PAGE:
¯\_(ツ)_/¯

If anything Apple is down-ramping as it has everything already.
Are you trying to say Apple has stockpiled enough A14 chips in Q1 2020? That doesn’t seem right to me.

I realize that DigiTimes isn’t the most reliable source, but how does a satellite photo of a building exterior indicate that they have 5 nm production ramped up and at good yields?
 

NostaSeronx

Diamond Member
Sep 18, 2011
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Are you trying to say Apple has stockpiled enough A14 chips in Q1 2020? That doesn’t seem right to me.
Based on 125 mm2 die being worst-case. Q1-Q3 is about ~18+ million devices. There is a down ramp not a up ramp for Q4 2020. So, the indication is that they enough of what they need to down ramp. Even then, they have never used TSMC 5nm full capacity.
I realize that DigiTimes isn’t the most reliable source, but how does a satellite photo of a building exterior indicate that they have 5 nm production ramped up and at good yields?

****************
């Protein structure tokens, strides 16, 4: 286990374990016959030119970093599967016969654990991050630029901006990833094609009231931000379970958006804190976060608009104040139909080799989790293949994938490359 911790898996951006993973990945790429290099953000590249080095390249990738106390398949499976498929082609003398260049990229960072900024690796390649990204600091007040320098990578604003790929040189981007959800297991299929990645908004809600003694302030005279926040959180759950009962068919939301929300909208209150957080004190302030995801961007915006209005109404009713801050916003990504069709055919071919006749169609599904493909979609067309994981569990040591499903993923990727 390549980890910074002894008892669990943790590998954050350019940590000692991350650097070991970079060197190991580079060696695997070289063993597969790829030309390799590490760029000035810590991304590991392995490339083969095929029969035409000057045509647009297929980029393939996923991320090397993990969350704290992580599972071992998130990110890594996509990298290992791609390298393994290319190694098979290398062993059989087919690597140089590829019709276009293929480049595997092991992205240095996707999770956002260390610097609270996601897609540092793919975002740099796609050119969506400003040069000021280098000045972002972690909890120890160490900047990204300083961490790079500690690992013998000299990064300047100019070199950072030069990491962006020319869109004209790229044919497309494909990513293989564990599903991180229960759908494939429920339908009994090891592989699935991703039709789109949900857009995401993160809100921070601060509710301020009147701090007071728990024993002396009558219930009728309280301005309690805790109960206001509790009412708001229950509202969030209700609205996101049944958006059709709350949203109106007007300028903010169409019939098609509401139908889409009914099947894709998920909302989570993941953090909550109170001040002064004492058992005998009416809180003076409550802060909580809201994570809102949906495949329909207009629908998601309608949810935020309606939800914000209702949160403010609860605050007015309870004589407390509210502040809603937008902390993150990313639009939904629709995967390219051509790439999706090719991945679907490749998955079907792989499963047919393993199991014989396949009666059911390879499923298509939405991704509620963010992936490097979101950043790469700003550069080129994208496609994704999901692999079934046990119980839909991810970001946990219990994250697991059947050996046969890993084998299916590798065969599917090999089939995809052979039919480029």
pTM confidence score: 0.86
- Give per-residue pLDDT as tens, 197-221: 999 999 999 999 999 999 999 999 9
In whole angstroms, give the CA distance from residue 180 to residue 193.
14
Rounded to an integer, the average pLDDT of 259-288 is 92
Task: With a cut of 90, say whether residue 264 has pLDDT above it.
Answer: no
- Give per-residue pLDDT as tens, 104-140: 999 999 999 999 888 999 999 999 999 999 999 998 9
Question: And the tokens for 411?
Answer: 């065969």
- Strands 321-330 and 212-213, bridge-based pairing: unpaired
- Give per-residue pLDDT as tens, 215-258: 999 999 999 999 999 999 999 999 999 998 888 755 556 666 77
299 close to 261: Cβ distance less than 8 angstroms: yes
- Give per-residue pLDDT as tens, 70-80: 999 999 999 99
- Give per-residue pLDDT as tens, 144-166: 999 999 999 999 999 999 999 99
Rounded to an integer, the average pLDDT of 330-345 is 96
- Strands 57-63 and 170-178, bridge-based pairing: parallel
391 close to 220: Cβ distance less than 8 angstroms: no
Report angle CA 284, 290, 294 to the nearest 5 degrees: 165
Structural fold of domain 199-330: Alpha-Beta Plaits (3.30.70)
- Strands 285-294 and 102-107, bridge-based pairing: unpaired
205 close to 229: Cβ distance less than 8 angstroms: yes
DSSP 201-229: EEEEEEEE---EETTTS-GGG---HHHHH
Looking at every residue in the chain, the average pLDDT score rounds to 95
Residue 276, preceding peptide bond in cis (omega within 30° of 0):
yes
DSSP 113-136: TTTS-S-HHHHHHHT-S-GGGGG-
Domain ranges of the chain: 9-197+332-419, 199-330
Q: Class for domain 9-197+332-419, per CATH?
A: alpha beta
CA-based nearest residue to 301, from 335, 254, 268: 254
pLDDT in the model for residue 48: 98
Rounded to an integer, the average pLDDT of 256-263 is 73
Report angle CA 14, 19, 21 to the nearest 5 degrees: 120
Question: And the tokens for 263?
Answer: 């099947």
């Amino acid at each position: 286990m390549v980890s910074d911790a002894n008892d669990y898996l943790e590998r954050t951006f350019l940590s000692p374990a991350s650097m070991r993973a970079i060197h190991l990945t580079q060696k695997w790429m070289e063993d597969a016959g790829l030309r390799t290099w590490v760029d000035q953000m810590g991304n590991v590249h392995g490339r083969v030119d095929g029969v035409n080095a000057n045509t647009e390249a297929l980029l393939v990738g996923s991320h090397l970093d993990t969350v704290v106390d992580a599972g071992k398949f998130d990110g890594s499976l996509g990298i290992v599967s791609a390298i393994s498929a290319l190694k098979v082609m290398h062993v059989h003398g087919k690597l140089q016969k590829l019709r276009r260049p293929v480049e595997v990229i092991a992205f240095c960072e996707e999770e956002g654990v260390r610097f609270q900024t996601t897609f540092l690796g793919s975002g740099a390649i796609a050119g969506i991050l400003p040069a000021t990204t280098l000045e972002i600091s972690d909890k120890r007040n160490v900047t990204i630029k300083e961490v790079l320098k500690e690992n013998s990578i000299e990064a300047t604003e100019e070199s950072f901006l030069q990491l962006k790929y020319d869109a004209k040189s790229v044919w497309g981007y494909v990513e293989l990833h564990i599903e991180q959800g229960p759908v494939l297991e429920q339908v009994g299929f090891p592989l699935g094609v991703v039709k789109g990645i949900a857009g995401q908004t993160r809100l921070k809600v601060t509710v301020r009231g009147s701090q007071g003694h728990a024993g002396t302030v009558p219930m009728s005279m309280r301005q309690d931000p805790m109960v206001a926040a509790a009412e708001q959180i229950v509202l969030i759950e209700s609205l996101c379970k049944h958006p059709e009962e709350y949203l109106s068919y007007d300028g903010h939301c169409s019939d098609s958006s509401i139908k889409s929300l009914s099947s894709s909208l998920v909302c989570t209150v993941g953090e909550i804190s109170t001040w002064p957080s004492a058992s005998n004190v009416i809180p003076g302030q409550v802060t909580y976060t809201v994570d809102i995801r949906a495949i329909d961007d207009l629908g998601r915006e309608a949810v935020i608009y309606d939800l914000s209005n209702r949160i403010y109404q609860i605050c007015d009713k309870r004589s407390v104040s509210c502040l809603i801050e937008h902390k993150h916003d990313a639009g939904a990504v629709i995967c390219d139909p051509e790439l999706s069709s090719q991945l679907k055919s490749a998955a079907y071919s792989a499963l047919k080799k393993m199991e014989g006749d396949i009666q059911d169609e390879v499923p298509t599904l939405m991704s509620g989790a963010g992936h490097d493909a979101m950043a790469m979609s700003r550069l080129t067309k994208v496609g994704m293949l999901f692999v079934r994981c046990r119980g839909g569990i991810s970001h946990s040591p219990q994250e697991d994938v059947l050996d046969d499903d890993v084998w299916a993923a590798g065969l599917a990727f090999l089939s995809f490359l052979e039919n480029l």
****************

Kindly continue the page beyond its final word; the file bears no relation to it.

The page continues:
Yields have been good since 2019. - TSMC announced it with a 512 Mb Cache and CPU/GPU/etc test chip.
The satellite proves that Phase 2 is finished and getting power hence the smoke.

All phases for Fab 18 have a 6 month period from being equipped and ready to go full HVM (>40,000 wafer starts per month per phase at +2Q each)
 
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Eug

Lifer
Mar 11, 2000
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Article from Q2 2020: